1. Cypress has a large number of dependencies. Your node modules directory will become several tens of pounds heavier.
  2. It is not permitted to debug using console.log. You must use cy.log, which only requires a string.
  3. During the test run, all of the tests are somehow combined. This implies that variables with the same names cannot be used in various test files.
  4. Cypress did not start the first time I ran CI.

Unusual Characteristics that you may find in Cypress:

  1. Electron is the default "browser." Despite being based on Chromium, the Electron environment is not the same as a pure browser. For example, when our client tested web app began acting erratically and throwing console errors, he had no choice but to switch to Chromium – fortunately, Cypress enables cross-browser testing on Firefox and Chrome-like browsers.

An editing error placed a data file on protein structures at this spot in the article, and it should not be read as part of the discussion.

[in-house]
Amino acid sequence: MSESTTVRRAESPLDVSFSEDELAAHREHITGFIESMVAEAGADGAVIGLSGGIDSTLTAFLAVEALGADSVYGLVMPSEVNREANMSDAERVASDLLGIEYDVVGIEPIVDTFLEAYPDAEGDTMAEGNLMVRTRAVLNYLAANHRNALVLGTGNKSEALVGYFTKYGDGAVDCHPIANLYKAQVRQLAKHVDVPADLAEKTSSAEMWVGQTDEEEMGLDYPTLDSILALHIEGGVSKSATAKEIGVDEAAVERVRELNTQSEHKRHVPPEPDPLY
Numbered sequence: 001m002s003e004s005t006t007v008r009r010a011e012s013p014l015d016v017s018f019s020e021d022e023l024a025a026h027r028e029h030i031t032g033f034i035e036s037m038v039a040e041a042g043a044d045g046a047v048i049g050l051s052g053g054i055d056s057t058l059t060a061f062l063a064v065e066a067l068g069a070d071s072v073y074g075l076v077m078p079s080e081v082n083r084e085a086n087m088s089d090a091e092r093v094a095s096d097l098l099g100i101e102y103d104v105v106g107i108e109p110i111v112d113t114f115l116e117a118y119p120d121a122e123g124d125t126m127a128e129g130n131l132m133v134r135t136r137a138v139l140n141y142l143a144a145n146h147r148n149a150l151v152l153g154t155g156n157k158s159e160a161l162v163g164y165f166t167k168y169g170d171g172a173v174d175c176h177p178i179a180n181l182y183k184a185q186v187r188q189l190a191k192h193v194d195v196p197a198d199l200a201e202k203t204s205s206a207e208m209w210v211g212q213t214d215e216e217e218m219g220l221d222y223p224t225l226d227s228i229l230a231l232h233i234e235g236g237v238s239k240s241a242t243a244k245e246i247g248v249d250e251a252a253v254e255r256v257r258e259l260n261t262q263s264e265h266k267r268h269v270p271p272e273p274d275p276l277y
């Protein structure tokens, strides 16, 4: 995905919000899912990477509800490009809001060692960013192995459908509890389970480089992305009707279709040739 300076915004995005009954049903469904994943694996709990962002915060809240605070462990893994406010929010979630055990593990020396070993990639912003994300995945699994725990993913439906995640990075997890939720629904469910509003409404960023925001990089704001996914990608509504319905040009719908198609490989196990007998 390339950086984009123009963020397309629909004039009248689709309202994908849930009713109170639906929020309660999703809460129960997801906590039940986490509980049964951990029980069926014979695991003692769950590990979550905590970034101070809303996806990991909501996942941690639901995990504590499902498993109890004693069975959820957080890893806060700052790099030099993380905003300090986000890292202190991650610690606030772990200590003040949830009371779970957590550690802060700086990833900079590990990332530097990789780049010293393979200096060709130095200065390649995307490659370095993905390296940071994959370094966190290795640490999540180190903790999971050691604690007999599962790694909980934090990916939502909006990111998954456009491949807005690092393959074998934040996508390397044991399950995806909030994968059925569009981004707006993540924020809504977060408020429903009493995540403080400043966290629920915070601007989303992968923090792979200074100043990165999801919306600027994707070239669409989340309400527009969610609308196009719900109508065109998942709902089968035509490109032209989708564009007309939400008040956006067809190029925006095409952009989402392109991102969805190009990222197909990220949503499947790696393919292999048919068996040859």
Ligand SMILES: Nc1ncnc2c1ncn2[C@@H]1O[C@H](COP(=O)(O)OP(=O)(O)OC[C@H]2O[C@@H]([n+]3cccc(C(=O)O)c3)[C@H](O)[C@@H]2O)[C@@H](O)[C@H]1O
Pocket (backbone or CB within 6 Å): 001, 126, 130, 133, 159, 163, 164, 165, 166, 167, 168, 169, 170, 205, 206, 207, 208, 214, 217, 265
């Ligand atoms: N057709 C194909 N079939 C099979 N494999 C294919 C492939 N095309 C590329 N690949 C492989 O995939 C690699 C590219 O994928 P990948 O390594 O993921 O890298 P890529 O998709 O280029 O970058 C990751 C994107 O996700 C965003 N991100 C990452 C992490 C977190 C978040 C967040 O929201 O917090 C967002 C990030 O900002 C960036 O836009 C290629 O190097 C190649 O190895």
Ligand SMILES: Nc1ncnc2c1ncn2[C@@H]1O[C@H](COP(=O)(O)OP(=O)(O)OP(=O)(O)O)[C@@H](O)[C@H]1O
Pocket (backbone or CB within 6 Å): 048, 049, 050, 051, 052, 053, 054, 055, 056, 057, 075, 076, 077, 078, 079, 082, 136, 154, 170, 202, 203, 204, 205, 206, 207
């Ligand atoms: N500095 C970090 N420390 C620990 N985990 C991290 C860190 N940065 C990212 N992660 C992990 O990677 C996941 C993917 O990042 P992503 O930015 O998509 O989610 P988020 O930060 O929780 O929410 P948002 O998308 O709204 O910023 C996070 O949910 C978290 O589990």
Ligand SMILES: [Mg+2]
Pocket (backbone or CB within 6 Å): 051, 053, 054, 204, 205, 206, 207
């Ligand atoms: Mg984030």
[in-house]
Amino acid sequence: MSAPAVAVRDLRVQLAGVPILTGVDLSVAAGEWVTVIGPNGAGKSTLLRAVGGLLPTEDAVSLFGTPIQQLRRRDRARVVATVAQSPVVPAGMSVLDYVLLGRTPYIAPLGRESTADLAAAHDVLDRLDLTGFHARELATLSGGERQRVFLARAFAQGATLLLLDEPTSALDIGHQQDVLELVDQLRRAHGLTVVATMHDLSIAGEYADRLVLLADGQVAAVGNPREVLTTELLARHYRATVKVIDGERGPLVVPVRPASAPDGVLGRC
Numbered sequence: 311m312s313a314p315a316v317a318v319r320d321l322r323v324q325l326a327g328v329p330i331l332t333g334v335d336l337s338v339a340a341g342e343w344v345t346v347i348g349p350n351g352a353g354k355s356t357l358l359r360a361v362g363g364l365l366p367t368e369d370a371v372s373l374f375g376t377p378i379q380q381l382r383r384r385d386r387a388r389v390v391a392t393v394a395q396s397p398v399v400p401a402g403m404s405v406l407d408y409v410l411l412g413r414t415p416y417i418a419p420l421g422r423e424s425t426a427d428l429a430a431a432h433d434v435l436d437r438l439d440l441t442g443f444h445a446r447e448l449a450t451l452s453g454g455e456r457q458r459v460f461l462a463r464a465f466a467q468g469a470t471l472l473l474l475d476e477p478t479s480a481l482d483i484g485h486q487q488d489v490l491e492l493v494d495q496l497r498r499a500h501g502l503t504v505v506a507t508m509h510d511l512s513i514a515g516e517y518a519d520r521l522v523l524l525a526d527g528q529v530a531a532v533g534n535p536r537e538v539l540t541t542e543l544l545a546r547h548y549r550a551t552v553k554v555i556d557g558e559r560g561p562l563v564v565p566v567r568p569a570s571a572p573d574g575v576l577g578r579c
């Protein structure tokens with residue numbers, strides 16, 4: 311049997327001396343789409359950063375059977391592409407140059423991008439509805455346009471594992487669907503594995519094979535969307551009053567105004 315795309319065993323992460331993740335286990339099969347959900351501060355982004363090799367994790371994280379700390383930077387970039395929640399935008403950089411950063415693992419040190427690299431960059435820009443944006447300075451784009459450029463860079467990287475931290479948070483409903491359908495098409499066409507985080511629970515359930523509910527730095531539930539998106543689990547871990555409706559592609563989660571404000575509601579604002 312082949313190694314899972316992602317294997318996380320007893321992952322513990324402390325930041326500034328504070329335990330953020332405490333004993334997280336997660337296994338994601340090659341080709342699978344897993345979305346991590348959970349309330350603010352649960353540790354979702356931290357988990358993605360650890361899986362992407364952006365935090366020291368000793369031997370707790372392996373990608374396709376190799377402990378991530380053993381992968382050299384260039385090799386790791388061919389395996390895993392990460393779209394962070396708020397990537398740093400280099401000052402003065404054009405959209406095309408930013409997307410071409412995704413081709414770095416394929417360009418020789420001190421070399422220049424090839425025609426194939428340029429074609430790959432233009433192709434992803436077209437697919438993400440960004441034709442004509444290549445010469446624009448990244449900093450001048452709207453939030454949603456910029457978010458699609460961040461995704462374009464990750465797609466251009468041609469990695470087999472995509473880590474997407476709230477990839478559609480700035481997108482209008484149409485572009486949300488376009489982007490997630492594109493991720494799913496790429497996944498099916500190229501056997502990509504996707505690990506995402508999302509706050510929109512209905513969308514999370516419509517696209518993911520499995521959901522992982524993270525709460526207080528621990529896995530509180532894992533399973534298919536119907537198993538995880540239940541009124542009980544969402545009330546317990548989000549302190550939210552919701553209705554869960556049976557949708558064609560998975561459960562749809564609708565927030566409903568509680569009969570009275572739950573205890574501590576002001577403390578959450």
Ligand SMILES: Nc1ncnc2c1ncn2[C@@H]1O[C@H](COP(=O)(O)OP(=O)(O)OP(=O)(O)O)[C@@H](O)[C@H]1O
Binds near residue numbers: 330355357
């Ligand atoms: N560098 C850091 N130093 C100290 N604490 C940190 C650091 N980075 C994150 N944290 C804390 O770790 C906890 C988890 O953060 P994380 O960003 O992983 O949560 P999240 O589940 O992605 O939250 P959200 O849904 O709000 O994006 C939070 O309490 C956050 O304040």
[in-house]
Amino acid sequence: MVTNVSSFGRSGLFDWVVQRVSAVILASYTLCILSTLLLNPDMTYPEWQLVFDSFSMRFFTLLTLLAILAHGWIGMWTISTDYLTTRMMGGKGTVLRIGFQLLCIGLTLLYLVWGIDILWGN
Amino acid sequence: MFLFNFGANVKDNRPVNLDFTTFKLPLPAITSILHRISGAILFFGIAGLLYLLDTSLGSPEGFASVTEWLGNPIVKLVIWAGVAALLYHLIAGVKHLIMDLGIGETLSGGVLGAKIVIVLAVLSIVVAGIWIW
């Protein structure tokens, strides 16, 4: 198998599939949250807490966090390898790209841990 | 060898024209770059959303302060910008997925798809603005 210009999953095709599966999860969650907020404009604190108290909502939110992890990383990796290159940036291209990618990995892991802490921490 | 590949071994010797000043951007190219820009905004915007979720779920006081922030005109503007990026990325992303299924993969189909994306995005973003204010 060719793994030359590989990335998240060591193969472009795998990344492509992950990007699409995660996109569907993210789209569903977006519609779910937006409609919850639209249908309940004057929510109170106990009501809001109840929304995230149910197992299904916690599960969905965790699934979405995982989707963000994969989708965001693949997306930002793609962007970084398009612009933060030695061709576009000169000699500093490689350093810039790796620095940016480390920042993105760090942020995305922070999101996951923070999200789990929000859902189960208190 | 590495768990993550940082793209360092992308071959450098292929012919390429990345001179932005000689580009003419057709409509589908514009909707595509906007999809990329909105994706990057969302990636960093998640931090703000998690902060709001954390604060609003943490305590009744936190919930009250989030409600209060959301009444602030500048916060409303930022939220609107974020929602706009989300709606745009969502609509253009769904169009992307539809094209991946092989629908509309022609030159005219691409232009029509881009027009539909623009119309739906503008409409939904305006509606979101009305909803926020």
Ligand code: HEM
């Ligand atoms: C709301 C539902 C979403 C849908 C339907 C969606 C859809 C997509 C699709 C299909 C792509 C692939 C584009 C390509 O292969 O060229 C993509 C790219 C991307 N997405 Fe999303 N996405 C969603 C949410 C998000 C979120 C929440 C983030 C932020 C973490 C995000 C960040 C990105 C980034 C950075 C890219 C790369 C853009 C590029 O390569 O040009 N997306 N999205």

2. During the test run, it looks for uncaught exceptions from your web app. It could come in handy if your project has a zero tolerance for terminal mistakes.
  3. Tests may only run in one tab. Cypress does not support multi-tab setups.
  4. Cypress has its own set of environment variables. If you're used to utilizing Node.js' process.env variables, you'll need to swap them out for Cypress' and include them in the config file.

In conclusion

Playwright is a more sophisticated tool with specific controls that works closer to the browser. Cypress is a more adaptable tool with a predictable API for testers, allowing them to create tests quickly and easily.

Before deciding on an automation tool, examine the benefits and drawbacks of Cypress vs. Playwright or Selenium. Spend some time automating some test cases using a cloud-based platform that supports Playwright and Cypress. This allows you to choose which test automation framework will best benefit your team in the long run.

TestQuality plans in its integration roadmap to offer support to Playwright but you may choose Cypress because of the benefits and advantages mentioned above and also it can be love at first sight when you first start using Cypress and discover that integrating TestQuality with GitHub or Jira also works wonderfully in CI with little configuration!